The above study was one of the first to find associations between specific gut bacteria and depression but has followed a growing body of literature over the past decade. A 2019 recent systematic review on gut microbiota and MDD pointed to the bacterial transplantation of feces from depressed patients to rodents.1 After transplantation, the rodents exhibited depressive behavior.

In human trials, nine specific gut bacteria genera were higher in those with MDD (Anaerostipes, Blautia, Clostridium, Klebsiella, Lachnospiraceae incertae sedis, Parabacteroides, Parasutterella, Phascolarctobacterium, and Streptococcus), six were lower (Bifidobacterium, Dialister, Escherichia/Shigella, Faecalibacterium, and Ruminococcus), and six were divergent (Alistipes, Bacteroides, Megamonas, Oscillibacter, Prevotella, and Roseburia).14 The clinical trials reviewed overall pointed to the importance of a balanced gut microbiome.

The psychiatric community is far from prescribing a specific gut bacteria to the general population; indeed, that is an unlikely solution as gut microbiomes are unique to individuals and their dietary patterns. However, the evidence does point to the role of an imbalanced gut in MDD and the potential for improved gut health to improve mental health.

 

Healthy Gut, Healthy Mind? Pathways to Intervention

With evidence just beginning to grow, how can clinicians treat the patient via the gut microbiome? Therapy can be geared toward the patient’s lifestyle and behaviors – an integrative form of CBT. Patient education on gut imbalance due to inflammation and the body’s maladaptive response can be addressed. In addition, providers can look for key risk factors tied to gut dysbiosis, such as:14

  • antibiotic use
  • high fat/high sugar diets
  • sedentary lifestyle
  • obesity
  • trauma and emotional stress

Clinicians may also consider recommending supplementation with pre- and probiotics to keep the patient’s system balanced and working properly. “Most research has been done on Lactobacillus and Bifidobacterium species. It is not yet known which ones work best for depression, but it has been shown that combinations of probiotic strains are more beneficial than just using a single strain probiotic,” says Dr. Mörkl.

For most patients with gut dysbiosis, supplementation with pre- and probiotics may be most beneficial, least invasive, and easiest to follow. Landau explains: “When we consume prebiotics, the probiotics in our gut ferment these, and the byproducts (short-chain fatty acids) are able to reduce inflammatory signals to our brain, thereby playing a preventative roll in mood management.” One of these short-chain fatty acids is butyrate, a metabolite produced by the Faecalibacterium and Coprococcus bacteria – noted to correlate with positive mood in the Flemish Gut Flora Project described above.

A few more tips from Landau:

  • When recommending a prebiotic, select those that provide a diverse array of prebiotics, rather than one in isolation – this allows a range of probiotics to be fueled.
  • The particular type of prebiotic included in a product should be supplied in the clinically proven dosage.
  • For patients new to prebiotics, or sensitive to soluble fibers, advise they build up use slowly to ensure tolerance
  • Select prebiotics that have lower dosage requirements to attain benefits with less chance of gastric distress.

But is there a best diet for mental health? For patients with depressive disorders, Dr. Mörkl recommends, dietary interventions, “such as the Mediterranean diet as an adjunct treatment, as there is enough evidence on the favorable effects. The major part of a Mediterranean diet consists of vegetables and fruit, which contain a range of prebiotics. Specific subtypes of probiotics and prebiotics are referred to as psychobiotics, which impact the gut-brain axis, and result in modifications of mood, anxiety and cognitive function.” Patients do not need to follow a one-size-fits-all dietary approach though, adds Dr. Mörkl, noting, “Possibly every other form of a balanced, plant-based diet with a basis of vegetables and fruit may have favorable effects (such as a traditional Norwegian or Japanese diet.”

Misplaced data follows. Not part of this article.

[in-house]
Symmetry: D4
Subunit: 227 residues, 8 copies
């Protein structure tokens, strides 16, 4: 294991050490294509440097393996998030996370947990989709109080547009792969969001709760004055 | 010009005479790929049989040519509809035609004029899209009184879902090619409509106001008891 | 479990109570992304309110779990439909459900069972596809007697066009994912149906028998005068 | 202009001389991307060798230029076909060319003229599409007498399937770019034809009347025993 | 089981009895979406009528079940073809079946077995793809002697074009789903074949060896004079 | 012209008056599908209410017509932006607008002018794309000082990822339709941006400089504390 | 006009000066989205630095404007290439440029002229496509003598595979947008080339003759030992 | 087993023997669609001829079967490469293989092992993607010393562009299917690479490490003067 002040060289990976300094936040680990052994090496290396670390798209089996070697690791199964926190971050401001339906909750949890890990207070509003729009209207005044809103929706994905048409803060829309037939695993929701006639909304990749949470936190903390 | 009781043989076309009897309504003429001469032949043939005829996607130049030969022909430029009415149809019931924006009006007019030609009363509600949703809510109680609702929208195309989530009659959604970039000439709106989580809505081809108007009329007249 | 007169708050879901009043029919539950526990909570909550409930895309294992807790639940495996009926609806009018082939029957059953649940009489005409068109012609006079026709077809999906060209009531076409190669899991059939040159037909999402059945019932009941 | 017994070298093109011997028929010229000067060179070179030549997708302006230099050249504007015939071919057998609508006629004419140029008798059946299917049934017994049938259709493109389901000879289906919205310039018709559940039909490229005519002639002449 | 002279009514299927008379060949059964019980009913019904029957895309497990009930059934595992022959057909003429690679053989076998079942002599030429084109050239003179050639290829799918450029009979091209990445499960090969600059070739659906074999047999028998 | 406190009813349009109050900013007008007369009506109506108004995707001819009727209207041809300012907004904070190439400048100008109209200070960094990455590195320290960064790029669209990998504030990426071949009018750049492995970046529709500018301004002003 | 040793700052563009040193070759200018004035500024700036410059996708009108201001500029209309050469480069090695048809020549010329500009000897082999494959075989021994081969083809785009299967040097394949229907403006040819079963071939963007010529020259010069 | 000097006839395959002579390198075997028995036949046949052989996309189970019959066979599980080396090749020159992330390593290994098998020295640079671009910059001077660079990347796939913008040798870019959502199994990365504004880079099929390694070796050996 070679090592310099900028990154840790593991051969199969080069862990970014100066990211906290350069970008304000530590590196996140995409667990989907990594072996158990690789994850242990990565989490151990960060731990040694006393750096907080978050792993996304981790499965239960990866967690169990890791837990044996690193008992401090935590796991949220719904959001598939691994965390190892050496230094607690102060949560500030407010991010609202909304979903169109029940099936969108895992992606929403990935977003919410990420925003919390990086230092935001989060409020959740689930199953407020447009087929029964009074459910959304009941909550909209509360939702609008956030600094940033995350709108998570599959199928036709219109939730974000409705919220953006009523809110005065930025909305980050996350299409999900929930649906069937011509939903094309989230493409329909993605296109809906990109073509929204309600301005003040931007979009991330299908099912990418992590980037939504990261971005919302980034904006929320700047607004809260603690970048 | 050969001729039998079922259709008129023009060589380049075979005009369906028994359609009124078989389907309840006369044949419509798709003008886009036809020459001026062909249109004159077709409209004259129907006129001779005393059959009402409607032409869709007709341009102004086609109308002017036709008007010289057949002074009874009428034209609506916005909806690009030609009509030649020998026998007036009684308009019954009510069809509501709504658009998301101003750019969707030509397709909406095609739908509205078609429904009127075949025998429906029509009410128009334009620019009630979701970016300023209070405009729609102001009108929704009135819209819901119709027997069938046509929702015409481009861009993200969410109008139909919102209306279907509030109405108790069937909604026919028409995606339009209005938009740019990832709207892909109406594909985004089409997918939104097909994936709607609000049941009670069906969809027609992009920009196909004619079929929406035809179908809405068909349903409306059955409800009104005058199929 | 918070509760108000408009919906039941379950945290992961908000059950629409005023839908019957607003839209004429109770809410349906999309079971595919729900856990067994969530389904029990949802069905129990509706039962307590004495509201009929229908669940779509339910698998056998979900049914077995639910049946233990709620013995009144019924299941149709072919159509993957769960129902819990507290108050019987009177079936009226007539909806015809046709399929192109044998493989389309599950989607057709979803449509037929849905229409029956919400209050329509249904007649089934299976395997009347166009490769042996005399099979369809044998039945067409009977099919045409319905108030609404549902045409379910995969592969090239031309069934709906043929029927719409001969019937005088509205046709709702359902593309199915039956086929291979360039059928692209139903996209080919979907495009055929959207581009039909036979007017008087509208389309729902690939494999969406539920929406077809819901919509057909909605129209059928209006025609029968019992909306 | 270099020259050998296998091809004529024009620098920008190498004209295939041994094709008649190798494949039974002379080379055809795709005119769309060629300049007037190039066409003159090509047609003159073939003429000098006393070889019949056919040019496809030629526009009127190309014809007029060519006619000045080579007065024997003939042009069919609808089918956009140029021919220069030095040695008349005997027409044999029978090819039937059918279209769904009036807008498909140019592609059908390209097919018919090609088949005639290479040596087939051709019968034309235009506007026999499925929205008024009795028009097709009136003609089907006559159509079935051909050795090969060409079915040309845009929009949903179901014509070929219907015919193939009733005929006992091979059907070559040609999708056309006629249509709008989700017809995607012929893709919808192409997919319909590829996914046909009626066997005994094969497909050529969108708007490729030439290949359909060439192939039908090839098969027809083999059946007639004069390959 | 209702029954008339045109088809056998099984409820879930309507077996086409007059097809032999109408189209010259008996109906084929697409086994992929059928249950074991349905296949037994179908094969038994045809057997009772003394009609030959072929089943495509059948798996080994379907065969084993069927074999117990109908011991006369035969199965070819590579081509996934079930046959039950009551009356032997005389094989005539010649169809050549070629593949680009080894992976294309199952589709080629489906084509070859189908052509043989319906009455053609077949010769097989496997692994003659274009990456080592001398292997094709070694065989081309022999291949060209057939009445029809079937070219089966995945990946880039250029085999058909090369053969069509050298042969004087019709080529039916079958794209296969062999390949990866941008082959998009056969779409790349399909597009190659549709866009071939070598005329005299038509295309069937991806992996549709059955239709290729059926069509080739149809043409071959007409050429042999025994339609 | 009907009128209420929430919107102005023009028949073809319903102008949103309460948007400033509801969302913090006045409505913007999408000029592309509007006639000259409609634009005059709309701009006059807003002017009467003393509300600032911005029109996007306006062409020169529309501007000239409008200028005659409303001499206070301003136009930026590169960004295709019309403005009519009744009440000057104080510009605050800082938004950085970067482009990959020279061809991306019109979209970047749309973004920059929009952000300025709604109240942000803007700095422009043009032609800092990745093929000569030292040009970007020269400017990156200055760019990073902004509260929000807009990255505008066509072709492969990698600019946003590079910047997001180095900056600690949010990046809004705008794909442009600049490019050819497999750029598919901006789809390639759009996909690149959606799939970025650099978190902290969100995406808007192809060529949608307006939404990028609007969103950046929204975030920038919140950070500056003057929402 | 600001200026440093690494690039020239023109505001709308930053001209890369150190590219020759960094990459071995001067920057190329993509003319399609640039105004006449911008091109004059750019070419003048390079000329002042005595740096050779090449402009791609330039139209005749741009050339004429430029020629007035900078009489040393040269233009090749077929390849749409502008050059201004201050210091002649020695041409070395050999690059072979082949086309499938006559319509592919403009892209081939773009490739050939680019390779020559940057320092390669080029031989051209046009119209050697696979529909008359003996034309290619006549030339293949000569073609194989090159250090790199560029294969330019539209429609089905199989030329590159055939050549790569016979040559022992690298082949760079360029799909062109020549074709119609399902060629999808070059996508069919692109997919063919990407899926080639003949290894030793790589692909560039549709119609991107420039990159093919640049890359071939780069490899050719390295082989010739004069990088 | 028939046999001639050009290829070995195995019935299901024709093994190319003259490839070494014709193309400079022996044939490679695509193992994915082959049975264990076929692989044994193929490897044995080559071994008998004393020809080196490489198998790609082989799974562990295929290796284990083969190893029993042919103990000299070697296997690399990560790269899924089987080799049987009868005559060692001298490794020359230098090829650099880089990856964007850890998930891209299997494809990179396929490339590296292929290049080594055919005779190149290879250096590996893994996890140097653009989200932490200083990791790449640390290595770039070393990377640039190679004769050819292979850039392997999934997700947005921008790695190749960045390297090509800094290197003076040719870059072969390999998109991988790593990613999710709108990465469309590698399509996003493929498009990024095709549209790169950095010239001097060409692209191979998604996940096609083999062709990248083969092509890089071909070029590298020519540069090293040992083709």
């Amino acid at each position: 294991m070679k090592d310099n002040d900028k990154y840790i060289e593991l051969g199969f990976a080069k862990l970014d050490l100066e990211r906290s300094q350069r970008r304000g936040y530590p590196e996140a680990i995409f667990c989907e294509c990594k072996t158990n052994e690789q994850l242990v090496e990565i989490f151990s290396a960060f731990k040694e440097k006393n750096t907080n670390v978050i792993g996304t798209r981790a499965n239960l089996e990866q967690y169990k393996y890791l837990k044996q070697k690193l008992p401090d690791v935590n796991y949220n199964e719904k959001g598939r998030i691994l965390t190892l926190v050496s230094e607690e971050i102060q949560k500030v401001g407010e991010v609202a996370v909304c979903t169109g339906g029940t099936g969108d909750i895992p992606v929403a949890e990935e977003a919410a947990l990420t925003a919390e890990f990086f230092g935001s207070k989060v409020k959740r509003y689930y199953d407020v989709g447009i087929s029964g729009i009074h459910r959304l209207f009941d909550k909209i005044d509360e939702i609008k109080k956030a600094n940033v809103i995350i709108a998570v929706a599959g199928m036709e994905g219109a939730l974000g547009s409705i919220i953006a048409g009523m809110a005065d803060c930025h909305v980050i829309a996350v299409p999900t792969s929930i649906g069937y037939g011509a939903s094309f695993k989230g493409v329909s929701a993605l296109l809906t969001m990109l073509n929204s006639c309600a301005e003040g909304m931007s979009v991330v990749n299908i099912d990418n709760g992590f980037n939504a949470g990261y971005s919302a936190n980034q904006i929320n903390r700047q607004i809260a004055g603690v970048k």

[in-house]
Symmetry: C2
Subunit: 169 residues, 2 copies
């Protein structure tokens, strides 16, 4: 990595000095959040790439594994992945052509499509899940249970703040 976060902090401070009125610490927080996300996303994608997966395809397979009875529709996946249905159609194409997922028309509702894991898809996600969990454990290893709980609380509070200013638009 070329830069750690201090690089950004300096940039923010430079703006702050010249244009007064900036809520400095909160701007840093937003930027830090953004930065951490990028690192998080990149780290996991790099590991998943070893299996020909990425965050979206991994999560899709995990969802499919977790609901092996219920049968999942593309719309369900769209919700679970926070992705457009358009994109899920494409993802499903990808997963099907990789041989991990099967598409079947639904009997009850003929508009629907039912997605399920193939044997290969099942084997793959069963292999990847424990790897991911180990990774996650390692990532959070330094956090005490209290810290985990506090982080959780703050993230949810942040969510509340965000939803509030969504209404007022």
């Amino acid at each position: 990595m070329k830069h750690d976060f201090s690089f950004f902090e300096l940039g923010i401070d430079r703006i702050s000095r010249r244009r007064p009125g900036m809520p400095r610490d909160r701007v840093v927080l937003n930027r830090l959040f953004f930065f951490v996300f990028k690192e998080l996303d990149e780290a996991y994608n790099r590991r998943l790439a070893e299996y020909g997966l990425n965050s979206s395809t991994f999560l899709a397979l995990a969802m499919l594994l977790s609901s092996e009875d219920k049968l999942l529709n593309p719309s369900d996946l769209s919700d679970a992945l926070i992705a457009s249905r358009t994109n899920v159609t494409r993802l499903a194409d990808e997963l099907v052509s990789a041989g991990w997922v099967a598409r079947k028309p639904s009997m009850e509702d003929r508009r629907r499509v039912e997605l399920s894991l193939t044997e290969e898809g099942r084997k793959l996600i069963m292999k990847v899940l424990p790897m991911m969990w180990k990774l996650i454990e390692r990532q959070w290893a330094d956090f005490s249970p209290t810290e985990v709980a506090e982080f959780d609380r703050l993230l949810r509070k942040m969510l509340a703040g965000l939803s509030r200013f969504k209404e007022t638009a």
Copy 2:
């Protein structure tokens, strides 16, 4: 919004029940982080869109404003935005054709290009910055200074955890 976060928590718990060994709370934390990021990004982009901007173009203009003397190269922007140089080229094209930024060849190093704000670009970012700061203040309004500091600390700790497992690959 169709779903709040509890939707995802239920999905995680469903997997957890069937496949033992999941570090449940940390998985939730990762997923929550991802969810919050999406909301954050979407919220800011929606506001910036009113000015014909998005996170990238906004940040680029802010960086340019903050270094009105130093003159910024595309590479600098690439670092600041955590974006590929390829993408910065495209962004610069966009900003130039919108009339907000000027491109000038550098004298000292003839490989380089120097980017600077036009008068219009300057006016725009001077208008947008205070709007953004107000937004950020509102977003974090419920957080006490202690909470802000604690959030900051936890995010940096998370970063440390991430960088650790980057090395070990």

Fermented foods may be recommended as well, including yogurt, kimchi, kefir, sourdough, tempeh, kombucha, and sauerkraut.14 Other foods that may help the body to produce prebiotics include dandelion greens, Jerusalem artichoke, garlic, leeks, asparagus, barley, oats, and flaxseeds.

While dietary intervention may be useful as an adjunct treatment for patients with MDD, Dr. Mörkl clarifies that they may be most helpful “as one of the first-line treatments for patients with mild depression, especially for that population for whom antidepressants seem to have little effect.”

She adds, “I think that dietary interventions should be used alongside psychotherapy and psychopharmacological interventions as an important pillar in the biopsychosocial treatment model for all forms of depression.”

 

Professional Takeaways

As research methodology improves and understanding of the gut health’s relation to not only inflammation but also to mood disorders grows, clinicians can incorporate measurable lifestyle interventions to guide patients toward sustainable improvements in both their physical and mental health. By working with the patient to improve gut health (in addition to ongoing therapy), there is potential to improve the individual’s quality of life while also treating the symptoms of major depressive disorder.

Key Points

  • The microbiota-gut-bran axis is composed of the central nervous system, neuroendocrine, and neuroimmune systems, and has garnered attention for its role in MDD via interaction with key neurological, immunological, and biological pathways.
  • Both animal and human research models point to the potential for an imbalanced gut microbiome to precipitate depression. More recent studies are beginning to link specific bacteria to mental health, with an emphasis on the ability of gut metabolites to synthesize monoamine neurotransmitters, such as dopamine.
  • Gut dysbiosis – the imbalance of good and bad bacteria in the human gut – has been linked to MDD. Dietary changes, combined with supplementation of pre- and probiotics may be a novel way to treat the whole patient, improving symptoms of depression and increasing markers of wellbeing.

 

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References
Last Updated: Oct 29, 2020